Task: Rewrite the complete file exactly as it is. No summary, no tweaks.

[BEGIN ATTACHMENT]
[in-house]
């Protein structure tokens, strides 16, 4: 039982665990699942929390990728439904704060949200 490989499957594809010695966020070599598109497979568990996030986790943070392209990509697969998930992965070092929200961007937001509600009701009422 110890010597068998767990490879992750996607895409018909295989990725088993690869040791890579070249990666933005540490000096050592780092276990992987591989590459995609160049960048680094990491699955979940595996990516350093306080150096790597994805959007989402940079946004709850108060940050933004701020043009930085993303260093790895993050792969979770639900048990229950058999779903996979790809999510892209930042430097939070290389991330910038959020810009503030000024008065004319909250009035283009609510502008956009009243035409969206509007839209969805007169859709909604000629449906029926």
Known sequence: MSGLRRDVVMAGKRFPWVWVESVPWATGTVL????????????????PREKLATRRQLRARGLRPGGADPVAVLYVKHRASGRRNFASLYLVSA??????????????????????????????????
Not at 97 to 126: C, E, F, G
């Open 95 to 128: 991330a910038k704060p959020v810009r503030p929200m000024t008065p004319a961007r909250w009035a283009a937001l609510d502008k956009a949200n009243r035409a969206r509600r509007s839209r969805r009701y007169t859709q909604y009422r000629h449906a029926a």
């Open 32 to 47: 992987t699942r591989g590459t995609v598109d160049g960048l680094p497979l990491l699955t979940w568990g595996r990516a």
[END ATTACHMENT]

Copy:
[in-house]
């Protein structure tokens, strides 16, 4: 039982665990699942929390990728439904704060949200 490989499957594809010695966020070599598109497979568990996030986790943070392209990509697969998930992965070092929200961007937001509600009701009422 110890010597068998767990490879992750996607895409018909295989990725088993690869040791890579070249990666933005540490000096050592780092276990992987591989590459995609160049960048680094990491699955979940595996990516350093306080150096790597994805959007989402940079946004709850108060940050933004701020043009930085993303260093790895993050792969979770639900048990229950058999779903996979790809999510892209930042430097939070290389991330910038959020810009503030000024008065004319909250009035283009609510502008956009009243035409969206509007839209969805007169859709909604000629449906029926």
Known sequence: MSGLRRDVVMAGKRFPWVWVESVPWATGTVL????????????????PREKLATRRQLRARGLRPGGADPVAVLYVKHRASGRRNFASLYLVSA??????????????????????????????????
Not at 97 to 126: C, E, F, G
């Open 95 to 128: 991330a910038k704060p959020v810009r503030p929200m000024t008065p004319a961007r909250w009035a283009a937001l609510d502008k956009a949200n009243r035409a969206r509600r509007s839209r969805r009701y007169t859709q909604y009422r000629h449906a029926a």
């Open 32 to 47: 992987t699942r591989g590459t995609v598109d160049g960048l680094p497979l990491l699955t979940w568990g595996r990516a």